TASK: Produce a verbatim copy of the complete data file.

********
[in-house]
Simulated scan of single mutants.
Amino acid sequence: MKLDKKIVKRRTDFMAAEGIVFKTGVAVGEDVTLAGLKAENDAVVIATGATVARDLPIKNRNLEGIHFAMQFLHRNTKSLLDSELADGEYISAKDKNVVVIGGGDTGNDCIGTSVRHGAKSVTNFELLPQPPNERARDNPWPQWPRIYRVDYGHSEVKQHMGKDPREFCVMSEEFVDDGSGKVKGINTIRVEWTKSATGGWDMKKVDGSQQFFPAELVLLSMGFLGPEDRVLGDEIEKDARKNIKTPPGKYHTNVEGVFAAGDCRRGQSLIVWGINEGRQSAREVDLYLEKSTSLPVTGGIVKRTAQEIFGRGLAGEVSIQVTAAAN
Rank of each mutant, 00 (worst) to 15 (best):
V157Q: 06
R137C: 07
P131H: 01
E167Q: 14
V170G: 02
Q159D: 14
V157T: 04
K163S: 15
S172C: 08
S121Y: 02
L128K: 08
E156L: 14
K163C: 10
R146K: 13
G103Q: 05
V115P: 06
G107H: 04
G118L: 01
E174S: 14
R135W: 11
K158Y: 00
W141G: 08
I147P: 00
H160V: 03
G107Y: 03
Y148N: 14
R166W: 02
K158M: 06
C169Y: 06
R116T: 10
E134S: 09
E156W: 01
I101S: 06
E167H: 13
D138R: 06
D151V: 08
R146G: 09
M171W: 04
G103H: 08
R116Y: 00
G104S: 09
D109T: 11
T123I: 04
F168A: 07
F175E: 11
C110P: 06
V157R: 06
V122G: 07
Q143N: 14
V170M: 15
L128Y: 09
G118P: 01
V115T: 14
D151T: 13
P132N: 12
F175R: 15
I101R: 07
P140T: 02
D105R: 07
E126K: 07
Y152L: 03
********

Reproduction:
[in-house]
Simulated scan of single mutants.
Amino acid sequence: MKLDKKIVKRRTDFMAAEGIVFKTGVAVGEDVTLAGLKAENDAVVIATGATVARDLPIKNRNLEGIHFAMQFLHRNTKSLLDSELADGEYISAKDKNVVVIGGGDTGNDCIGTSVRHGAKSVTNFELLPQPPNERARDNPWPQWPRIYRVDYGHSEVKQHMGKDPREFCVMSEEFVDDGSGKVKGINTIRVEWTKSATGGWDMKKVDGSQQFFPAELVLLSMGFLGPEDRVLGDEIEKDARKNIKTPPGKYHTNVEGVFAAGDCRRGQSLIVWGINEGRQSAREVDLYLEKSTSLPVTGGIVKRTAQEIFGRGLAGEVSIQVTAAAN
Rank of each mutant, 00 (worst) to 15 (best):
V157Q: 06
R137C: 07
P131H: 01
E167Q: 14
V170G: 02
Q159D: 14
V157T: 04
K163S: 15
S172C: 08
S121Y: 02
L128K: 08
E156L: 14
K163C: 10
R146K: 13
G103Q: 05
V115P: 06
G107H: 04
G118L: 01
E174S: 14
R135W: 11
K158Y: 00
W141G: 08
I147P: 00
H160V: 03
G107Y: 03
Y148N: 14
R166W: 02
K158M: 06
C169Y: 06
R116T: 10
E134S: 09
E156W: 01
I101S: 06
E167H: 13
D138R: 06
D151V: 08
R146G: 09
M171W: 04
G103H: 08
R116Y: 00
G104S: 09
D109T: 11
T123I: 04
F168A: 07
F175E: 11
C110P: 06
V157R: 06
V122G: 07
Q143N: 14
V170M: 15
L128Y: 09
G118P: 01
V115T: 14
D151T: 13
P132N: 12
F175R: 15
I101R: 07
P140T: 02
D105R: 07
E126K: 07
Y152L: 03